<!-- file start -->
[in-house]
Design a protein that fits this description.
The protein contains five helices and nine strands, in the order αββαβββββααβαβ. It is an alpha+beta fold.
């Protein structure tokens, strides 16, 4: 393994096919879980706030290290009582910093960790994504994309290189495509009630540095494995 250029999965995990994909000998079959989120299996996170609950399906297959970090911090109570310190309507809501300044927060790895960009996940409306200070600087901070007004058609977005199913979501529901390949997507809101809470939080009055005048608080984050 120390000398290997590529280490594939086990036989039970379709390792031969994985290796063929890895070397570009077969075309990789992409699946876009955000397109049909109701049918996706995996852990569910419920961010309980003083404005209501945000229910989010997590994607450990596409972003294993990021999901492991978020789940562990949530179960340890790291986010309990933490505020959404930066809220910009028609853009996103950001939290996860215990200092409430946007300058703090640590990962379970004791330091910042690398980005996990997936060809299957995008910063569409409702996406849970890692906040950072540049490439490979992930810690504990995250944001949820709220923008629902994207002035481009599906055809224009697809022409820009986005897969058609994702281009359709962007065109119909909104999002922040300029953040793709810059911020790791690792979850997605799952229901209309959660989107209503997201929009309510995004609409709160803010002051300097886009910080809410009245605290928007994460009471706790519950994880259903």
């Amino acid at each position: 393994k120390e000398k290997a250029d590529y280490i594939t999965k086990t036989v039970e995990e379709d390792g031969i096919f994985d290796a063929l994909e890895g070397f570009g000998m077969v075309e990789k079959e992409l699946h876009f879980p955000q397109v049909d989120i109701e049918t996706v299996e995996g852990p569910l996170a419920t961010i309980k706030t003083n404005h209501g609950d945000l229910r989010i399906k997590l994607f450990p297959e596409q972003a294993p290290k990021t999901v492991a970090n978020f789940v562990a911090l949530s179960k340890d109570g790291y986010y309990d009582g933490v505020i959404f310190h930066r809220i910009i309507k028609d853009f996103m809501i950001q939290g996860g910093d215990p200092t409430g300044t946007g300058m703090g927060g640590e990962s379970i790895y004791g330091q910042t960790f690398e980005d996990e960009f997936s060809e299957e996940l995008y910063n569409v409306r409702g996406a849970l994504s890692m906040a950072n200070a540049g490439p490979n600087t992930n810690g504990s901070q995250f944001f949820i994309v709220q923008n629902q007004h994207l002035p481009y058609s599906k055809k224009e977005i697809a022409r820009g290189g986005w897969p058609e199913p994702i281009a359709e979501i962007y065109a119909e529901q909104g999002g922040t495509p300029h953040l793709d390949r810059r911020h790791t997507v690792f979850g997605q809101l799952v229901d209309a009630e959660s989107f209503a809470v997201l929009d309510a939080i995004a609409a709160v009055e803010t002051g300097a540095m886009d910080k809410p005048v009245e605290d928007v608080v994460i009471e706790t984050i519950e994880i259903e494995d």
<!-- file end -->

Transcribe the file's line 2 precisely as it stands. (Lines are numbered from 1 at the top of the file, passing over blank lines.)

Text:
Design a protein that fits this description.